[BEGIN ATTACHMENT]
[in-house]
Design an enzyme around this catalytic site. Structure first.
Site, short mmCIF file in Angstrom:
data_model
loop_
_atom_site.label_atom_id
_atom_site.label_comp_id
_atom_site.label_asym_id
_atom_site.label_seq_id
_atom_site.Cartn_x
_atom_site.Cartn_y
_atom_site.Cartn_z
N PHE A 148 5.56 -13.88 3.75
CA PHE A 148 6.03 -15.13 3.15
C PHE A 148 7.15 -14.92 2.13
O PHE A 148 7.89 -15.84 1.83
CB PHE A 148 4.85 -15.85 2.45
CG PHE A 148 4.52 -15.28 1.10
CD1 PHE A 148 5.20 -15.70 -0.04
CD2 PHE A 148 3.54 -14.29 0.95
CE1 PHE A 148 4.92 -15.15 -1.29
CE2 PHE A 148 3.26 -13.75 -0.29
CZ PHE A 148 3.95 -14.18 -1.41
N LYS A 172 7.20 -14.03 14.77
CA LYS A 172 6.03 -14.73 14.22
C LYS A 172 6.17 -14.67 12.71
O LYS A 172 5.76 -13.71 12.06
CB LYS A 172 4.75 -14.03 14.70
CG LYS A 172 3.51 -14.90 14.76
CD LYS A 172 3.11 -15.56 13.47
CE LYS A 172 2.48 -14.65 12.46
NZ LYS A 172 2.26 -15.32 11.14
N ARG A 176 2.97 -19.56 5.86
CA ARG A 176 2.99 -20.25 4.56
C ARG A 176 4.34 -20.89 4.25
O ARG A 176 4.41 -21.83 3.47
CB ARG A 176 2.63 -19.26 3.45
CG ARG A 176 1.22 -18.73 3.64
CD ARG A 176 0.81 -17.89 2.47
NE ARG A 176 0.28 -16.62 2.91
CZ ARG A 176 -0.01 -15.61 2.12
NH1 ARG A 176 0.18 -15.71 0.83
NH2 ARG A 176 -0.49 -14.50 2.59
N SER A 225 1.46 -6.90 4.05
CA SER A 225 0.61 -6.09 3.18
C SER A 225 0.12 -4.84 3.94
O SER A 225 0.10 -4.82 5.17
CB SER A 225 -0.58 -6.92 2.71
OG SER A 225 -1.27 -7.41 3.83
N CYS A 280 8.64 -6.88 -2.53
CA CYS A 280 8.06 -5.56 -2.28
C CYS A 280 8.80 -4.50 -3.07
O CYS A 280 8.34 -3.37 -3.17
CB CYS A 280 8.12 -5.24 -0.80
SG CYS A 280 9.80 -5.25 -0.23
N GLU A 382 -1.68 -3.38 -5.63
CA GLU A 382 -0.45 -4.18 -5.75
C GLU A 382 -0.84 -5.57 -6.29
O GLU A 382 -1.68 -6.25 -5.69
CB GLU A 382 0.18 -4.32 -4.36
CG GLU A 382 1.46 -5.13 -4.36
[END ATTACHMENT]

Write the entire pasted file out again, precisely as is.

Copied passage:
[in-house]
Design an enzyme around this catalytic site. Structure first.
Site, short mmCIF file in Angstrom:
data_model
loop_
_atom_site.label_atom_id
_atom_site.label_comp_id
_atom_site.label_asym_id
_atom_site.label_seq_id
_atom_site.Cartn_x
_atom_site.Cartn_y
_atom_site.Cartn_z
N PHE A 148 5.56 -13.88 3.75
CA PHE A 148 6.03 -15.13 3.15
C PHE A 148 7.15 -14.92 2.13
O PHE A 148 7.89 -15.84 1.83
CB PHE A 148 4.85 -15.85 2.45
CG PHE A 148 4.52 -15.28 1.10
CD1 PHE A 148 5.20 -15.70 -0.04
CD2 PHE A 148 3.54 -14.29 0.95
CE1 PHE A 148 4.92 -15.15 -1.29
CE2 PHE A 148 3.26 -13.75 -0.29
CZ PHE A 148 3.95 -14.18 -1.41
N LYS A 172 7.20 -14.03 14.77
CA LYS A 172 6.03 -14.73 14.22
C LYS A 172 6.17 -14.67 12.71
O LYS A 172 5.76 -13.71 12.06
CB LYS A 172 4.75 -14.03 14.70
CG LYS A 172 3.51 -14.90 14.76
CD LYS A 172 3.11 -15.56 13.47
CE LYS A 172 2.48 -14.65 12.46
NZ LYS A 172 2.26 -15.32 11.14
N ARG A 176 2.97 -19.56 5.86
CA ARG A 176 2.99 -20.25 4.56
C ARG A 176 4.34 -20.89 4.25
O ARG A 176 4.41 -21.83 3.47
CB ARG A 176 2.63 -19.26 3.45
CG ARG A 176 1.22 -18.73 3.64
CD ARG A 176 0.81 -17.89 2.47
NE ARG A 176 0.28 -16.62 2.91
CZ ARG A 176 -0.01 -15.61 2.12
NH1 ARG A 176 0.18 -15.71 0.83
NH2 ARG A 176 -0.49 -14.50 2.59
N SER A 225 1.46 -6.90 4.05
CA SER A 225 0.61 -6.09 3.18
C SER A 225 0.12 -4.84 3.94
O SER A 225 0.10 -4.82 5.17
CB SER A 225 -0.58 -6.92 2.71
OG SER A 225 -1.27 -7.41 3.83
N CYS A 280 8.64 -6.88 -2.53
CA CYS A 280 8.06 -5.56 -2.28
C CYS A 280 8.80 -4.50 -3.07
O CYS A 280 8.34 -3.37 -3.17
CB CYS A 280 8.12 -5.24 -0.80
SG CYS A 280 9.80 -5.25 -0.23
N GLU A 382 -1.68 -3.38 -5.63
CA GLU A 382 -0.45 -4.18 -5.75
C GLU A 382 -0.84 -5.57 -6.29
O GLU A 382 -1.68 -6.25 -5.69
CB GLU A 382 0.18 -4.32 -4.36
CG GLU A 382 1.46 -5.13 -4.36